Cleaning house Here’s some good news for the body politic here in The Bronx. Another corrupt political dynasty has bitten the dust, now that Assemblywoman Naomi Rivera was decisively defeated in her bid for re-election. You would be hard-pressed to ﬁnd a less productive legislator, and there were already rumblings that she had to go even before our former colleague, Candice M. Giove, wrote a series of stunning exposés in the New York Post last month. Ms. Giove revealed that the assemblywoman appeared to have used her position to provide publicly funded no-show or little-show employment to at least two of her current or former boyfriends (boy-toys, as the Post described them) and to her son as well. Ms. Rivera got her job in an equally disgusting way, having been foisted upon the public by her daddy, then-county Democratic boss Assemblyman Jose Rivera, through the common Bronx Democratic party practice of nepotism. These election results may have had the additional welcome effect of thwarting yet another disgusting ploy, an attempt for term-limited Councilman Joel Rivera to switch jobs with his assemblyman father. Voters have had enough. With an energetic candidate, Mark Gjonaj, opposing her, Naomi Rivera lost by a healthy margin of 11 percent. We were pleased to vigorously support Mr. Gjonaj in this race and look forward to seeing him assume ofﬁce January 1. Ms. Rivera is now the subject of at least ﬁve criminal investigations and could very well be ensnared by the judicial system, be indicted, stand trial and perhaps head to prison. The elimination of Naomi Rivera from the roster of Bronx public ofﬁcials isn’t the only good news to come our way. The recent conviction of City Councilman Larry Seabrook on serious federal charges had the delightful effect of having him instantly removed from his seat on the Council, even before he was be sentenced. This good news came after the Bronx was relieved of state Senator Pedro Espada and his predecessor, Efrain Gonzalez. Espada is headed to prison, where Gonzalez already resides. Sometimes you can catch a break. The remarkable new positive direction in the Bronx economic picture began with the departure of the ethically challenged former borough president Adolfo Carrion. Carrion actually resigned to take a top-level post with the Obama administration. But the ofﬁcials down in Washington quickly saw what we knew all along. Adolfo was an empty suit, short on both ability and integrity. He was quickly demoted to another position. While serving in his diminished D.C. job, he was reprimanded and ﬁned by the city’s Conﬂict of Interest Board for not paying to have a porch renovated at his palatial City Island home--until the scheme was discovered by the press and he was forced to ﬁnally cough up the missing payment. But the timing of the ﬁne may have been the last straw for the Obama administration, which ﬁnally cut him loose shortly thereafter. Efforts to revive his political career have thus far met with the utmost skepticism. Like the prizeﬁghter who speculated that “somebody up there likes me,” it looks like The Bronx must have a guardian angel. We have rid ourselves of Carrion, Espada, Gonzalez, Seabrook and now Naomi Rivera. We’re proud to have played a role in helping to remove the twin curses of corruption and nepotism from our borough’s political landscape. But there is much more to be done. The South Bronx still must contend with the equally disgusting Arroyo clan, and there are always new rumors of nepotism to contend with. And then of course we have no shortage of elected and non-elected ofﬁcials who seem to have cornered the market on incompetence. The watchword should be to elect some new blood, persons committed to cutting taxes and getting government off of our backs. We need more ofﬁcials who will support real economic development, the kind that brings real jobs and favorable attention back to this once “borough of universities,” and show that our best days are ahead of us, not behind us.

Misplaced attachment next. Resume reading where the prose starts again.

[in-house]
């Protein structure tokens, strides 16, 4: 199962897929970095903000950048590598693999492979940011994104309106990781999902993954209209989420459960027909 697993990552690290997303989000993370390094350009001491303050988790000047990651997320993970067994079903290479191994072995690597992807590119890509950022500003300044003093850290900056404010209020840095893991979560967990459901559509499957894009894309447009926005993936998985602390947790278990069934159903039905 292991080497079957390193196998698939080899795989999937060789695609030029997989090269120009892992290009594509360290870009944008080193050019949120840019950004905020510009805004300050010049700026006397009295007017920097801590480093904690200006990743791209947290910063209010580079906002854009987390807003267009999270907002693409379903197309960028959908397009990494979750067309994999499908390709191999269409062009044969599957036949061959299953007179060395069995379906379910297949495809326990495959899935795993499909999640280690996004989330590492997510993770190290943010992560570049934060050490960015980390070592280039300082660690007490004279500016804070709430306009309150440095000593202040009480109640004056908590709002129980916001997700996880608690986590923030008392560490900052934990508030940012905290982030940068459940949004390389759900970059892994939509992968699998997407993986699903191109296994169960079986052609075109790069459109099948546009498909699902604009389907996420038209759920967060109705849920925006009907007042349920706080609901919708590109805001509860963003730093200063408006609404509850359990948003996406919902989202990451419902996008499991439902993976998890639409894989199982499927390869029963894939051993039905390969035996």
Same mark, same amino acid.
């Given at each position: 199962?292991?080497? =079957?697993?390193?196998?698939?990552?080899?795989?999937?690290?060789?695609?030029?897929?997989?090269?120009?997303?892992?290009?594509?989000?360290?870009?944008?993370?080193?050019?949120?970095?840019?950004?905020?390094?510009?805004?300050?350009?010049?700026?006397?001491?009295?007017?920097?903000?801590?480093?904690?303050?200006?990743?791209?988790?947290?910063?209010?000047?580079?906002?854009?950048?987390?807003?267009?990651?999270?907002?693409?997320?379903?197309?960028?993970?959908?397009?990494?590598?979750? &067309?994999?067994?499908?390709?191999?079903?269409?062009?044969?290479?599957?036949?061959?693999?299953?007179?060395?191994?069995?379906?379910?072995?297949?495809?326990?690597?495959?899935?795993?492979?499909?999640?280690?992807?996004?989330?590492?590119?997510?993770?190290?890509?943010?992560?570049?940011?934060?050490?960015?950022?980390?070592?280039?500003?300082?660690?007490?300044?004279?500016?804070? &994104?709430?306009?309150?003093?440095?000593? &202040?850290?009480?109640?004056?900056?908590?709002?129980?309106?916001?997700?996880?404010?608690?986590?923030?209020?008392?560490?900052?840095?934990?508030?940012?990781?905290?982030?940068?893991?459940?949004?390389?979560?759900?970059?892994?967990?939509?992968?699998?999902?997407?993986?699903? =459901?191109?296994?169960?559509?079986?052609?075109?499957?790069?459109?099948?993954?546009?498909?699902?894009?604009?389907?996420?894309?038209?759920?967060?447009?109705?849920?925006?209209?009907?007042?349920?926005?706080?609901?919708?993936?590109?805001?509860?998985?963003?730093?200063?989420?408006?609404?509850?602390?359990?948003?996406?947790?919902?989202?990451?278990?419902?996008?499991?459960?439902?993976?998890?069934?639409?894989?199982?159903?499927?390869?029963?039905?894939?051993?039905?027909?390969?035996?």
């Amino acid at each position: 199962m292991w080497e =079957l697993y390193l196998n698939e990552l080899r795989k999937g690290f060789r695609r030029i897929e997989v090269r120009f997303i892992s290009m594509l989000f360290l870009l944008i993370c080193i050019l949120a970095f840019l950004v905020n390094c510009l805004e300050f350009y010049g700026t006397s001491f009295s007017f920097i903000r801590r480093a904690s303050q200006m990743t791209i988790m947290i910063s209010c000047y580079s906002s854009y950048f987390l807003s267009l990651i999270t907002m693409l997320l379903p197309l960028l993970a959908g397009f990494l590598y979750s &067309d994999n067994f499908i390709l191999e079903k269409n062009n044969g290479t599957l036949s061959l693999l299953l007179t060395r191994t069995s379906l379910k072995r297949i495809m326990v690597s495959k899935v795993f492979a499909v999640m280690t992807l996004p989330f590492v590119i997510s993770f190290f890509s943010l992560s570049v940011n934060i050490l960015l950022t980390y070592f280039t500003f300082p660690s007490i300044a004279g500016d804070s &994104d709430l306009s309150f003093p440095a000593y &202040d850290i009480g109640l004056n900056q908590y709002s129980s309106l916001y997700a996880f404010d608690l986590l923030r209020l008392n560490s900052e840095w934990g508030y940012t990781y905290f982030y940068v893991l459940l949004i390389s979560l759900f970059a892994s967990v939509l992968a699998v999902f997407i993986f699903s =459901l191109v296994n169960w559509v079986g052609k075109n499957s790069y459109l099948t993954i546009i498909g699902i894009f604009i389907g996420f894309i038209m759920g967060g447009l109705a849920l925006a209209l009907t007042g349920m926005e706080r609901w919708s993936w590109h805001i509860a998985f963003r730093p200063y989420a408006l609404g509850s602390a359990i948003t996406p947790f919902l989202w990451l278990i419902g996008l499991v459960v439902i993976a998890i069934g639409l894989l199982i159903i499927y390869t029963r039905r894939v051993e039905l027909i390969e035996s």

NYPD ‘above the law’
To The Editor: NYPD restricted access placards have been abused for numerous years. Ofﬁcers use the placards to park their private vehicles illegally anywhere they want with impunity. Said placards are only issued to ofﬁcers to park their private vehicles in the vicinity of the precinct where they are assigned to. However, they park in front of residential apartment buildings where they live, “No Parking Anytime,” “5 to 10’ from Fire Hydrants,” cross walks, etc. On Wednesday, Sept. 12, NYPD Trafﬁc Enforcement Vehicle Plate #1215 (50th Precinct) was writing a ticket to a motorist who parked in the “No Parking Anytime” zone at West 256th Street and Netherland Avenue. I asked the ofﬁcer why they do not ticket the other vehicles with the restricted access placards. The response of the ofﬁcer: “Yes, the cars are parked illegally,” and said, “We don’t ticket our own. If you don’t like it, ﬁle a complaint.” Typical arrogance!
Residential tenants are on a long list for garage space which cost $150/200 monthly. And in the interim they have to drive around for up to 30 minutes to ﬁnd a parking space. Usually a few blocks away, while police misuse the placards 24/7 in contempt of law. Mayor Bloomberg and the City Council must put a stop to this corrupt illegal activity all over the city, possibly barcoding the placards and the Precinct Commander’s directive to ofﬁcers when receiving same to cease this illegal and misuse of privilege. If such a law is enacted
Obama is weak on attacks on the U.S.